Wellington was the first British commander to use trained intelligence officers in the field. He was a firm believer in the remark made more than fifty years before his birth by the great Duke of Marlborough, that “no war can be conducted successfully without early and good intelligence”.
Intelligence officers during Napoleonic times wore the uniforms of the regiments from which they had been seconded. They operated with great success in the Peninsular War and later in the Waterloo campaign. However, after the final defeat of Napoleon, the whole military intelligence organisation was disbanded.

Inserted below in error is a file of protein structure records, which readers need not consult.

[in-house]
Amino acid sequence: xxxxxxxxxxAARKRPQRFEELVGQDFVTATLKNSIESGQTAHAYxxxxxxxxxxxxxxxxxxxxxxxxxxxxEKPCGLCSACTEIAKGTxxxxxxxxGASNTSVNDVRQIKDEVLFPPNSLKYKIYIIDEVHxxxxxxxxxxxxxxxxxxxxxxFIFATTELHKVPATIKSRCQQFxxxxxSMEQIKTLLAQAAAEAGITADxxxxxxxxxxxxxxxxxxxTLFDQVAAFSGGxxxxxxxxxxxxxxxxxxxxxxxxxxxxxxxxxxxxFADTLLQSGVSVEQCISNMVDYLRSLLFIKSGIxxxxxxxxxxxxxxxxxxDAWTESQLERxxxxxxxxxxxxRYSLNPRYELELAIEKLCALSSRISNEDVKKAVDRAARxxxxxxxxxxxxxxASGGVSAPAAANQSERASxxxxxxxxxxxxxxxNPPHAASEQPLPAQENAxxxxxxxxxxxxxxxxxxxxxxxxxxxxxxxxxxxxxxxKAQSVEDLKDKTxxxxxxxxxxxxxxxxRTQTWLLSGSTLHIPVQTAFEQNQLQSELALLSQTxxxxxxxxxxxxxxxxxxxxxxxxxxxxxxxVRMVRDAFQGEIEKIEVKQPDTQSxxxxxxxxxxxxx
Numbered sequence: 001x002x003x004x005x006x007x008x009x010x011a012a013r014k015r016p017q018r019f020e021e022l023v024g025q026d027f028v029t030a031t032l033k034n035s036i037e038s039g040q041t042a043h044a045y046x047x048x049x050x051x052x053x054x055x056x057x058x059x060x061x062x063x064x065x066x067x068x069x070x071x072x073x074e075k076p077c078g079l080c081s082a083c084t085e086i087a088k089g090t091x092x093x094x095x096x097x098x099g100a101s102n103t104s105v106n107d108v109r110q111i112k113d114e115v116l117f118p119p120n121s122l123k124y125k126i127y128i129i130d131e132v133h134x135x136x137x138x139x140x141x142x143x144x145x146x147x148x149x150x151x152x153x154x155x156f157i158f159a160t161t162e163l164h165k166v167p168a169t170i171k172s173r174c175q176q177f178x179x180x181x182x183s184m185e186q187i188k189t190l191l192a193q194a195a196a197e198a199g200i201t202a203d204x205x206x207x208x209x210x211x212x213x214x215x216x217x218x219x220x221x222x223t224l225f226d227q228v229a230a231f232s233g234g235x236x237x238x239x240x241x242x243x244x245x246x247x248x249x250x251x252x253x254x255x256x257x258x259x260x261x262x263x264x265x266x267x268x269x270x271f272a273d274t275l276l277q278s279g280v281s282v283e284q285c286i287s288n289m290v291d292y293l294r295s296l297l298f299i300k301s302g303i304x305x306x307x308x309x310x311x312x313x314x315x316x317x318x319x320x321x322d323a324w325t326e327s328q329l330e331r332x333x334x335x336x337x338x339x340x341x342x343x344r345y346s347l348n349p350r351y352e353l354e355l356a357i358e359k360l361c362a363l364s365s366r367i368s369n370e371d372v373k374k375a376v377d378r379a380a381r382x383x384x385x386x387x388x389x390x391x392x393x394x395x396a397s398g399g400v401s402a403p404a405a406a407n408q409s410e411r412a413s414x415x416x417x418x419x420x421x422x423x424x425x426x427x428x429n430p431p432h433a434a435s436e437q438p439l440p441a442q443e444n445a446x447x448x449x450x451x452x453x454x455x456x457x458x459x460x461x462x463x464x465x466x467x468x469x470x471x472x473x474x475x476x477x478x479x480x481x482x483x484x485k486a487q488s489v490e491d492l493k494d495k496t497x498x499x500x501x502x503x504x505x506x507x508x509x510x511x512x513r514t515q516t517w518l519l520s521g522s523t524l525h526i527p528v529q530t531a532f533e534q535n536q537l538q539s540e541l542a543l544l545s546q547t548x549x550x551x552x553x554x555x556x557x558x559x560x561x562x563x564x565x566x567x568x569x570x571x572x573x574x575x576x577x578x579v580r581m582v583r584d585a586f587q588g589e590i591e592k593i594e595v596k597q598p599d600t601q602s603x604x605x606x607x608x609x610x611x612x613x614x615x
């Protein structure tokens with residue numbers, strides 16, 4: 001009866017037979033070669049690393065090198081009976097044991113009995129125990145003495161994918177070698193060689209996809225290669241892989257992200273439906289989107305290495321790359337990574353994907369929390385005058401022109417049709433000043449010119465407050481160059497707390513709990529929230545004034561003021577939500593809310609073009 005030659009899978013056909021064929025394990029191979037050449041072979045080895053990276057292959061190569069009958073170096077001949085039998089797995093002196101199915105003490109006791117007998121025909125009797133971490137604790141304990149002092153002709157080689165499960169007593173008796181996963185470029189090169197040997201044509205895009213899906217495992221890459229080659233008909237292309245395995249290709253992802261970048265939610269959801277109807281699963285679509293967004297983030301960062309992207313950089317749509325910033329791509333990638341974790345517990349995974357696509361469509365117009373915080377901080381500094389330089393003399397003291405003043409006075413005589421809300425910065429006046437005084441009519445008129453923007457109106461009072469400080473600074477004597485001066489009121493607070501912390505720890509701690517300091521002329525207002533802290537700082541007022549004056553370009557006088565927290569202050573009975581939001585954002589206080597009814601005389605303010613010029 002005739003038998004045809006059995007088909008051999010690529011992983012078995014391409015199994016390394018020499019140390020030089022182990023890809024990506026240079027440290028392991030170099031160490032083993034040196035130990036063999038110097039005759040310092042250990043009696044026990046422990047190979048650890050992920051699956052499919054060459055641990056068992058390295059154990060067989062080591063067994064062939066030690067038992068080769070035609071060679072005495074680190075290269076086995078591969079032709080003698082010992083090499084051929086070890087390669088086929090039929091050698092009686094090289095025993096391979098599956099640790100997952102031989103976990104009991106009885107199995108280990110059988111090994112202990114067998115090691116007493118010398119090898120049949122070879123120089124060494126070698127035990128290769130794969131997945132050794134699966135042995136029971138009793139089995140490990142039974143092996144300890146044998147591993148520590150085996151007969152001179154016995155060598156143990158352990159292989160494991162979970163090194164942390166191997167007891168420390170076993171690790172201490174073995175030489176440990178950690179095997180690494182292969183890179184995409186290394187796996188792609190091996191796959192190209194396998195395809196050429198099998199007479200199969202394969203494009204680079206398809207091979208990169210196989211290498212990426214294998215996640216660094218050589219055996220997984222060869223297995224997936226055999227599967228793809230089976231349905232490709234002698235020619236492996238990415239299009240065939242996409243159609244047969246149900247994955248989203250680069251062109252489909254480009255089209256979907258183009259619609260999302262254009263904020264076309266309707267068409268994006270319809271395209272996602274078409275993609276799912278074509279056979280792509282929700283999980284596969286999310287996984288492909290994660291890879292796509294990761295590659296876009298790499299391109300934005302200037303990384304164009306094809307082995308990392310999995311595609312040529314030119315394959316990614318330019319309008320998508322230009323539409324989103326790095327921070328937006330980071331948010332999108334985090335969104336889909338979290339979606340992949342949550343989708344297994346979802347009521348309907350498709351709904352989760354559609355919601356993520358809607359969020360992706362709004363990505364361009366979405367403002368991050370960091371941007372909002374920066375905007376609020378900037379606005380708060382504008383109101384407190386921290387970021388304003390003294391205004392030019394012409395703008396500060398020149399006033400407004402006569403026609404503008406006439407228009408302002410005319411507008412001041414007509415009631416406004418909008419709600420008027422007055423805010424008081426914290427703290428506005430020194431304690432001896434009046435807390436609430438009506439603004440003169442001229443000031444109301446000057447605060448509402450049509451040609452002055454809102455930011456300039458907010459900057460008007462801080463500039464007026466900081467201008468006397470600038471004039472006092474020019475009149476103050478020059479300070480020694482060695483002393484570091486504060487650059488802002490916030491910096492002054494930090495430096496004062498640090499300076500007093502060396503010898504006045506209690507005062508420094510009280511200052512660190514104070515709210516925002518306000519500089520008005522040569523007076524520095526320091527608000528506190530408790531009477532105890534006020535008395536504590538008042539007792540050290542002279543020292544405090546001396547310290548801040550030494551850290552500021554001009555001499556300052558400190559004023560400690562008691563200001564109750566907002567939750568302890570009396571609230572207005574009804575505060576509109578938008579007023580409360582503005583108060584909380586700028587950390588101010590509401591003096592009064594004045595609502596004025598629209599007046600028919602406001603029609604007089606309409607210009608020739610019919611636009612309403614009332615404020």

This painting, ‘Scouts’ by W.B Wollen, shows two scouts from the 10th Light Dragoons ‘spying out’ the enemy in a wintery scene. Their reports would enable commanders to better understand where the enemy was located and perhaps give clues to their possible future intentions.
These scouts would report back to the Scout Master.